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Notes to the Corner Wedge in the

Ugaritic Alphabet
Joannes Richter

Abstract
In the Ugaritic alphabet (and partly for vowels in the the Old-Persian language) the graphical
cuneiform symbols may be categorized in two groups, which are ruled by the (larger) corner wedge.
Larger wedges are made by pressing harder (deeper); smaller wedges are made by a lighter
impression. Therefore the larger wedges may have been considered as the preferred symbols for
dominant religious or philosophical definitions.
In the archaic languages most cuneiform symbols represent entire words (logograms) or phonetic
(syllabic) units. In some languages such as the Ugaritic alphabet the cuneiform symbols however
define a 1:1 relation between the cuneiform symbol and a phoneme.
One third of the Ugaritic alphabet contains a corner wedge (in German: “Winkelhaken”). These
letters (ḥ, ṭ, š, d, ẓ, ', q, t, ġ and s2) seem to be preferred for the names for the PIE-sky-god Dyaus,
and its derivative names Dius, Tius, Zius, etc. Most of these letters have been needed to describe
important words.
The mapping of the letters with large wedges from the Ugaritic alphabet in Latin and Greek
alphabets results in the following Latin letters: the consonants D-G-H-Q-S-T-Z and the vowels U-
A-I-J and probably also H (Æ), which are the symbols for composing the names Diæus, Dius, Ziu,
Tiu, Sius, Thius and Quirinus. The letters D-G-H-S-T-Z were easily understood as universal
fundamental symbols, but the letter Q represents a special case.
In Roman mythology and religion, Quirinus is an early god of the Roman state. A. B. Cook
explains Quirinus as the oak-god (quercus) and Quirites (Roman citizens) as the men of the oaken
spear.[4] The reason for the Romans to adopt the letter “Q” may be found in the cooperation with
their earliest partners. The ancient Roman rulers derived the word Quirinus from the Sabines.
In Greece the letter Koppa was used as a symbol for the city of Corinth, which had the early
spelling of the Koppa-symbol for livestock branding. Corinth used the early spelling of Ϙόρινθος.
The Greeks used the Koppa ϙο, ϙυ for a few centuries to express the phonemes /ko/ and /ku/, but
they had no advantage from these spellings. The Q however also had been in use as a numeral (90)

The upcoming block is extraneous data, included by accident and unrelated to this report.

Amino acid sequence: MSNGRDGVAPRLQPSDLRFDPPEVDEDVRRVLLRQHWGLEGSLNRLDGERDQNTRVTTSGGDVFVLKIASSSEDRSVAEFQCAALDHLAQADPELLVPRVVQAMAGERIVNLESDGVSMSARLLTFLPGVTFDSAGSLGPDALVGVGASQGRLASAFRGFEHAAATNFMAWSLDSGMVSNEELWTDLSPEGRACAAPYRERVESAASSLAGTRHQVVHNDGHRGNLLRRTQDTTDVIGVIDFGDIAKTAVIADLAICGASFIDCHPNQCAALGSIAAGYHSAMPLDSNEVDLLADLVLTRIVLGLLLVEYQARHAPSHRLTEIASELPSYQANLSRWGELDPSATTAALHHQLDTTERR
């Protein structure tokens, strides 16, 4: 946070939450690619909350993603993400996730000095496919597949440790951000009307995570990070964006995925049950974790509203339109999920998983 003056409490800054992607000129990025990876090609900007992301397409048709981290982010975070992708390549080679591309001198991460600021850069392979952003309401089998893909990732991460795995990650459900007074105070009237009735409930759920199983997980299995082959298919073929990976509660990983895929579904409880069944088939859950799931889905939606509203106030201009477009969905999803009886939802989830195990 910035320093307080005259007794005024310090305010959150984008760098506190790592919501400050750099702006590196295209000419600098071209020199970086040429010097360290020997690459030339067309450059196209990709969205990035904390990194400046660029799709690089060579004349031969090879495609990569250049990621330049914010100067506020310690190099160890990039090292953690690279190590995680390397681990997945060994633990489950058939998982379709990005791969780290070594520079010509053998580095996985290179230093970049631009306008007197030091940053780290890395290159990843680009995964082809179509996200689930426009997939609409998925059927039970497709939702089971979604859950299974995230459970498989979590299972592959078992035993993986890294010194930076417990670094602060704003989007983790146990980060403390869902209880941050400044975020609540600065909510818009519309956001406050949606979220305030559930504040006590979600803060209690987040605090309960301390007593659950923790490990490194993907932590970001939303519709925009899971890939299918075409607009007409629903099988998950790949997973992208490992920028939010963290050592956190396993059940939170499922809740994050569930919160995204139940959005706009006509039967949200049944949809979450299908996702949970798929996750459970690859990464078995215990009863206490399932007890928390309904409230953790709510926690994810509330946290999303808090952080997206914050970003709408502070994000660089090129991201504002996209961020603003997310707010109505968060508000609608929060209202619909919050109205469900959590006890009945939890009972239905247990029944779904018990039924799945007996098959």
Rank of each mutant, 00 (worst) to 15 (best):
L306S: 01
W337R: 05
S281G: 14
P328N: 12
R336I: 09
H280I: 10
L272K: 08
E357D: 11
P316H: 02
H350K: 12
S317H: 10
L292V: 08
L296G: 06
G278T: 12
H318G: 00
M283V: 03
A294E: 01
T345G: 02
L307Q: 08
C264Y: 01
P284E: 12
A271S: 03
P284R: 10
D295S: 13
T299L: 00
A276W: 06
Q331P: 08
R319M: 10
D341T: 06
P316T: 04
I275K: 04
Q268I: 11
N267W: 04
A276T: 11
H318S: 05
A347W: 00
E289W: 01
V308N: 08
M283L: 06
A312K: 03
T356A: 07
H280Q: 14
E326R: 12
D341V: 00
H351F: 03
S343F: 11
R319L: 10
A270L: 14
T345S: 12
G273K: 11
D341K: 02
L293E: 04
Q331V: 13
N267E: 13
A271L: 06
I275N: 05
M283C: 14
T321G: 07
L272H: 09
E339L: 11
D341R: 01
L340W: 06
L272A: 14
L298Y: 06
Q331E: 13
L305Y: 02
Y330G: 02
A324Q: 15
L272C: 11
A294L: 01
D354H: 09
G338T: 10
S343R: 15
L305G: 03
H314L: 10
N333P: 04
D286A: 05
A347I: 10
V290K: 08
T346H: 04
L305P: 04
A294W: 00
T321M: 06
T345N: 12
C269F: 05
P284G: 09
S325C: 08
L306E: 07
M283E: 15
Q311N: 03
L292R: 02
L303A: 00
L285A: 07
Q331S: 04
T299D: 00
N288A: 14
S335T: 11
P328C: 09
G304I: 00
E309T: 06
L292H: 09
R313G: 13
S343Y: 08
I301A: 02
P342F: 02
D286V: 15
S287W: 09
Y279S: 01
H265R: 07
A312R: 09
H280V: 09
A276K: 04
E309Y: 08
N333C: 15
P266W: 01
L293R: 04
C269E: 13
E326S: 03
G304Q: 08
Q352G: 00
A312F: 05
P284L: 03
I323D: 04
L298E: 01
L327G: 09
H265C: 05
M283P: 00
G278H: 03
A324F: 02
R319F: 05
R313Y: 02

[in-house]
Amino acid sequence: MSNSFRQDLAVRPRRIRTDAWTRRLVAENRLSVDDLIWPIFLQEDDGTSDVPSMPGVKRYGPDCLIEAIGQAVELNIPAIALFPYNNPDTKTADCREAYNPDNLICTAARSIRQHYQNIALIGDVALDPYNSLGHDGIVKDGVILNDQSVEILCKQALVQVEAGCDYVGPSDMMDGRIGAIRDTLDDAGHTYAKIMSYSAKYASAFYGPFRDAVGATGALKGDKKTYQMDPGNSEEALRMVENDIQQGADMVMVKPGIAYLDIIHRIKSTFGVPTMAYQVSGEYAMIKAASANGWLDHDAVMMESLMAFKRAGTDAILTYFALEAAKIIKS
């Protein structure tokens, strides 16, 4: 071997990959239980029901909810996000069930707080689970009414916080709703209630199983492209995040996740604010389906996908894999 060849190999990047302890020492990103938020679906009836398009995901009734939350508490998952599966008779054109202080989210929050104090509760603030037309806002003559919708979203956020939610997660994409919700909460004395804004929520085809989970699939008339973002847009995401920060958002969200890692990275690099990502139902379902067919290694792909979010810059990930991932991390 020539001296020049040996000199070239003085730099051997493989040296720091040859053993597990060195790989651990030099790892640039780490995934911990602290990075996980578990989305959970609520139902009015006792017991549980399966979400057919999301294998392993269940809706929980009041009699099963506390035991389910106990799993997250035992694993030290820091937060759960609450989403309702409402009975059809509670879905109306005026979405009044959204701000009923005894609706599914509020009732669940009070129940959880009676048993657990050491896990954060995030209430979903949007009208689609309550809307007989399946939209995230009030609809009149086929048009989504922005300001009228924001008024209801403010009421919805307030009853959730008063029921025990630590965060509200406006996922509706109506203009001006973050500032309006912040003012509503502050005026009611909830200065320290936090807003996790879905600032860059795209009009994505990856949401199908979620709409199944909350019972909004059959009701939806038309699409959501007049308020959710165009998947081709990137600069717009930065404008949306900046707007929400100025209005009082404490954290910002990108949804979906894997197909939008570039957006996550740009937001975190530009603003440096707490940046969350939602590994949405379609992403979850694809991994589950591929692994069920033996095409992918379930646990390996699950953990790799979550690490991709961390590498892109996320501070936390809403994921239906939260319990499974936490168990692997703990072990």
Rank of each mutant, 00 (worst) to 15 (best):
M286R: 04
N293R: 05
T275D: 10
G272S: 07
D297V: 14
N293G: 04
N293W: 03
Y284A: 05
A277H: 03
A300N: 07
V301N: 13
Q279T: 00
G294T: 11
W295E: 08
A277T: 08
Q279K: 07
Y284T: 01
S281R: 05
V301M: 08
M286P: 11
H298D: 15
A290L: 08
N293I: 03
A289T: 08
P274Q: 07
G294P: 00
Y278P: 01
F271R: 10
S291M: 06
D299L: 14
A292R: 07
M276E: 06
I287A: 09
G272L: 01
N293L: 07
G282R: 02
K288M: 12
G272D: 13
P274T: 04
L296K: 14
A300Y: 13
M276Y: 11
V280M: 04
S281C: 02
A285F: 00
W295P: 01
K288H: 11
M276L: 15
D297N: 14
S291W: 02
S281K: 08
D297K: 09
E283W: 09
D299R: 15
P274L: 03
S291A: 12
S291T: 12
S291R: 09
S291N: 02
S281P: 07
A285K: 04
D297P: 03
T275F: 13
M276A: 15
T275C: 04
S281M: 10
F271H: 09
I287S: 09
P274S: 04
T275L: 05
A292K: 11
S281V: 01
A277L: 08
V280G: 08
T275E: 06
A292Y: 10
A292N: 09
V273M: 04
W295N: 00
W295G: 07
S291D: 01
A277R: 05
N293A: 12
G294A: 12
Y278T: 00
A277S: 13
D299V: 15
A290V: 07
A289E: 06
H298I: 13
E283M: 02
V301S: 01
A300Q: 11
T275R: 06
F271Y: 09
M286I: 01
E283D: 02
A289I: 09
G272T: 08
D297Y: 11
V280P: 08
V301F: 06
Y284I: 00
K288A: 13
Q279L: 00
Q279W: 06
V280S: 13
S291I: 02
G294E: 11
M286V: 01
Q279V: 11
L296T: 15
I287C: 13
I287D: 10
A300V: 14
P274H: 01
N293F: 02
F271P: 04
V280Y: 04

for counting and probably had to be maintained for the trading and administrative activities. This
may be the reason for keeping the letter with the corner wedge alive, although the symbolism had
been abandoned.
The Ugaritic alphabet
In the Ugaritic alphabet the signs with a corner wedge (large wedge) are identified as:
ḥ (ħ), ṭ, š (“sch”), d (ð, "th” ), ẓ (θ, "th”), z, ', q, t (θ, "th”), ġ (γ)
and depending on the documentation also the s2-character. In the following table these letters are
marked red.
With the help of the three basic vowels A, I, U these 9 or 10 symbols seemed to be preferred for the
divine names such as Dyaus, Dius, Tius, Zius, etc..
A few letters may be considered as symbolic equivalents:
ṭ, d (ð, "th” ), ẓ (θ, "th”), z, t (θ, "th”).
Dyaus is considered as a root for Jupiter (Latin), Zeus Patér (Zευς πατήρ, Ancient Greek), Tius or
Zio (Old High German) and Toutiks dipater (South Picene), all of which like Dyáuṣ Pitṛṛ mean 'sky
father'. The symbolic equivalents T, Z, Th (Θ), Δ, Ð may be needed to adapt the spelling of the
regional divine names. This symbolism may have been inherited to the Germanic languages.

The following table marks the vowels green, the letters with the large wedge red and the s2-
character blue:

1 The Ugaritic alphabet based on the alphabet in Ancient Scripts:


Ugaritic
Explaining the corner wedge
I found one reason for the corner wedges the Wikipedia's chapter Origin of the Ugaritic alphabet:
It has been proposed in this regard that the two basic shapes in cuneiform, a linear
wedge (a stroke) and a corner wedge (˂) may correspond to lines and circles in the
linear Semitic alphabets: the three Semitic letters with circles, preserved in the Greek Θ,
O and Latin Q, are all made with corner wedges in Ugaritic.

Other letters look similar to an E, or are similar to Greek Y, Π, and Σ turned on their
sides.[11]